SM: My first real cosplay was Haku from Naruto. I got the whole J-fashion thing down, but when it came to actual cosplay, I had no idea what to do. I did a femme version of Haku; although it was fun, it wasn’t accurate by any means. I just wanted to feel like I was actually out there doing something. I didn’t make it, I just pieced together what I had and made It look like Haku. It kind of sucked that I was with a really accurate and sexy Kakashi cosplayer, and everything he had was on point. Standing next to him was like torture…LOL. No one wanted to take my picture, or some just felt bad for me and took my picture anyway. But despite the pity people gave me, I still had a blast!

KS: When did you first begin to make your own cosplay?

SM: I started getting really into making cosplay in 2010 after making Rachel from Ninja Gaiden Sigma. After my pitiful Haku attempt, I made sure to design the hell out of my Rachel cosplay. I picked out her leathers and constructed her suit, boots, and weapon. I didn’t have the breasts for Rachel, but I had the attitude, and I portrayed her as best as I could. I played on my tomboy side to give her the badass appeal and a little of my sass to pull off that extra punch.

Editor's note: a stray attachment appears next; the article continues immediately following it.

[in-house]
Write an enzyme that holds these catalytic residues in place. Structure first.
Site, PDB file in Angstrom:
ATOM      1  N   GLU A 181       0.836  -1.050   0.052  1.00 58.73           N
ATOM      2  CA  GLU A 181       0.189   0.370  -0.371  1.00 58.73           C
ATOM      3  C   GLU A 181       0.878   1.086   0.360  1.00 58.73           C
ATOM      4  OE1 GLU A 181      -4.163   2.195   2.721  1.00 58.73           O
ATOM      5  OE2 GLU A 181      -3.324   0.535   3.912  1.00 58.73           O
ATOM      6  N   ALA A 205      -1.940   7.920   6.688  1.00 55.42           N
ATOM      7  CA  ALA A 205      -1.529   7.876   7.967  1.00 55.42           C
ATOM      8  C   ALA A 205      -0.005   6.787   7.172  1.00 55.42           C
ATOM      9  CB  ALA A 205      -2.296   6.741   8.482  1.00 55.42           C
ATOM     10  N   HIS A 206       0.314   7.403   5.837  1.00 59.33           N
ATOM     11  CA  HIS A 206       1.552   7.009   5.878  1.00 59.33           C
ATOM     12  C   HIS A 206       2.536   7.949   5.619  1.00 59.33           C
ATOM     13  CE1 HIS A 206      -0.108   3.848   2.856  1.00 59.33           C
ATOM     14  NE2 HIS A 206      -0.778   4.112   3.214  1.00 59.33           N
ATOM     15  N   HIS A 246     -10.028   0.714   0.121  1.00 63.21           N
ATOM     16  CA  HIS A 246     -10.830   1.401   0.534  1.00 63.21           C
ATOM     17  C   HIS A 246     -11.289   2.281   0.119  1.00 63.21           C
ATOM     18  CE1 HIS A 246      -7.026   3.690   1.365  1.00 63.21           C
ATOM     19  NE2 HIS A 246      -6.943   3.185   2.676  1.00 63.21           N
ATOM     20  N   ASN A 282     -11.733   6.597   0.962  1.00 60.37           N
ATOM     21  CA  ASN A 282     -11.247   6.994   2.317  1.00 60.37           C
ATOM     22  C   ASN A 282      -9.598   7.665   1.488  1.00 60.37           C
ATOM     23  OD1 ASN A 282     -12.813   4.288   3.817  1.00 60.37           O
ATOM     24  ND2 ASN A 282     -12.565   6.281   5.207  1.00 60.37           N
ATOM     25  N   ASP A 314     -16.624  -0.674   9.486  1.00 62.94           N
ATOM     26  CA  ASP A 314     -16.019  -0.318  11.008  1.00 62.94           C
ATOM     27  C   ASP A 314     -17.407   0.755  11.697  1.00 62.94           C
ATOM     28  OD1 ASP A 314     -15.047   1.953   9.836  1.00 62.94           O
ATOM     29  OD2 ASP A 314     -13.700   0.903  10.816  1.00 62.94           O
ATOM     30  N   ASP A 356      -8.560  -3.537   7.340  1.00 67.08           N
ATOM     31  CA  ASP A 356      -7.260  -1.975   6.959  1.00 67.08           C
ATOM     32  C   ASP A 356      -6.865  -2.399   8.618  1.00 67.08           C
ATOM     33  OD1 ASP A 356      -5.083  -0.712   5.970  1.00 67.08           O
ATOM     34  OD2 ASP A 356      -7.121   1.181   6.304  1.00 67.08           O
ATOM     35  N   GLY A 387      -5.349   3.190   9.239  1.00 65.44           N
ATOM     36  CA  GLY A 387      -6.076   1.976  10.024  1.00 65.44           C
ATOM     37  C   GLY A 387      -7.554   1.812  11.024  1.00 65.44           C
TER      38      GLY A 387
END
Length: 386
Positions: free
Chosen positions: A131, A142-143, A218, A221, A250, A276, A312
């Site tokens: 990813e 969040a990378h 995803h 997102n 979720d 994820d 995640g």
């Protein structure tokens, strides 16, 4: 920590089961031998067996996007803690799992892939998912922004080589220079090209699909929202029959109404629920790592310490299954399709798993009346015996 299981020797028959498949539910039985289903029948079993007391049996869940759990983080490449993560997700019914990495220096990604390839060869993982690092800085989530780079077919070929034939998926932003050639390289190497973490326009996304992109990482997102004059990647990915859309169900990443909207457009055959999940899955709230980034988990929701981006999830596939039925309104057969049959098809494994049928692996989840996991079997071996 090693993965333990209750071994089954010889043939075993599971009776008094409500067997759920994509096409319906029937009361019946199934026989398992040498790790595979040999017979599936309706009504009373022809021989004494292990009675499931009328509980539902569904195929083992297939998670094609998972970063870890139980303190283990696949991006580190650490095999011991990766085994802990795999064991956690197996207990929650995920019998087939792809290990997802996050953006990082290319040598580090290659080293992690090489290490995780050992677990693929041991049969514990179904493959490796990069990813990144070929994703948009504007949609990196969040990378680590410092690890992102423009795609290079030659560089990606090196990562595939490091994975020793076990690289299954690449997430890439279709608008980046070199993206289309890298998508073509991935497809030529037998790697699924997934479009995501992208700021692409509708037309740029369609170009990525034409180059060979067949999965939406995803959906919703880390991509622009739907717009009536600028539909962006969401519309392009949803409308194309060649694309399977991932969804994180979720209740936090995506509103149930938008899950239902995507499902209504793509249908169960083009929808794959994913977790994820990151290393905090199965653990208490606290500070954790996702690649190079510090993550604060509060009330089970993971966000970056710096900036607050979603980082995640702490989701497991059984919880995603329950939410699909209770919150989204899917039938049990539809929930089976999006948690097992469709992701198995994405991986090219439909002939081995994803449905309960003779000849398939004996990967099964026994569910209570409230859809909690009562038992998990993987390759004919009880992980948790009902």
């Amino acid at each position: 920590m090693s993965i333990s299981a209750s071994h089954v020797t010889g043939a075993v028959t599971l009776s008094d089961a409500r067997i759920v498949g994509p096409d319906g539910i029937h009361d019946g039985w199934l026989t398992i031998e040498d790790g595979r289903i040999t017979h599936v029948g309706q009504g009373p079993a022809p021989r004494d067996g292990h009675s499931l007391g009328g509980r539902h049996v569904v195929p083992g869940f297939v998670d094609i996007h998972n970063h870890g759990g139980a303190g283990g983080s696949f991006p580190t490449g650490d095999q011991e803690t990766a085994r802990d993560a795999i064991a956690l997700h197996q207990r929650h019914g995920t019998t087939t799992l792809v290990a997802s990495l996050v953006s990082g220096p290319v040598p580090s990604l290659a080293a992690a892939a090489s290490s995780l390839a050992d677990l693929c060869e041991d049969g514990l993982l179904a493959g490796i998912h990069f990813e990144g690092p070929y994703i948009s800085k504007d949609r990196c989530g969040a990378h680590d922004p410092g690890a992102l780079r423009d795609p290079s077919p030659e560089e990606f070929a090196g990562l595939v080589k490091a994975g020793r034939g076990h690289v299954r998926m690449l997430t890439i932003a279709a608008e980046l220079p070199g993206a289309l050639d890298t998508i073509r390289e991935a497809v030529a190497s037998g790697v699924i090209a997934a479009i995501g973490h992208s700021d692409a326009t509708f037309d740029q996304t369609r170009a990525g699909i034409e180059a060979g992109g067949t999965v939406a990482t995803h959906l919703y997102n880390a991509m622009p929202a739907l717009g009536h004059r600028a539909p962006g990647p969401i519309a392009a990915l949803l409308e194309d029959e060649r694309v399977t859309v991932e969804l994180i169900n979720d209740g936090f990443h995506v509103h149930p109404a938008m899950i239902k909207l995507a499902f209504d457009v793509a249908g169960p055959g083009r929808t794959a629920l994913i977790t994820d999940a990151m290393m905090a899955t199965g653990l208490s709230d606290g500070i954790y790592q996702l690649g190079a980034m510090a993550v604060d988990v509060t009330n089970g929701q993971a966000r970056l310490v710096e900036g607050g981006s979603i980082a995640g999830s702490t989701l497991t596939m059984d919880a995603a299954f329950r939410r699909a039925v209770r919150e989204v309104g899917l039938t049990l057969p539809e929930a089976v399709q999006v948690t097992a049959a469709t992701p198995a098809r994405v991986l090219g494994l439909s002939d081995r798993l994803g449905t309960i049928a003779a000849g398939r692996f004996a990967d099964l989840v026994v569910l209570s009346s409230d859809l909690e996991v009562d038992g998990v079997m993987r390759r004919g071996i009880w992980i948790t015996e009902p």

KS: As someone who has personally commissioned you once before [Note: Shana was the one who created my Kan-u Unchou cosplay], and given the amount of business and commissions you receive, how long does it take you, on average, to finish a commission?

SM: However long it takes me to finish a commission depends on the project. I find it takes me longer to make something simple such as a plain shirt or jacket than it does for me to make a complete full of detail cosplay. It may just be the artist in me, but doing something harder makes the experience more exciting. Thus, I get carried away with all the detail that I end up finishing it quicker.

KS: Aside from your reputation as a cosplayer, you have also done what few cosplayers often do: start your own clothing and design line. What more can you tell me, and the readers, about your company, CandyBats?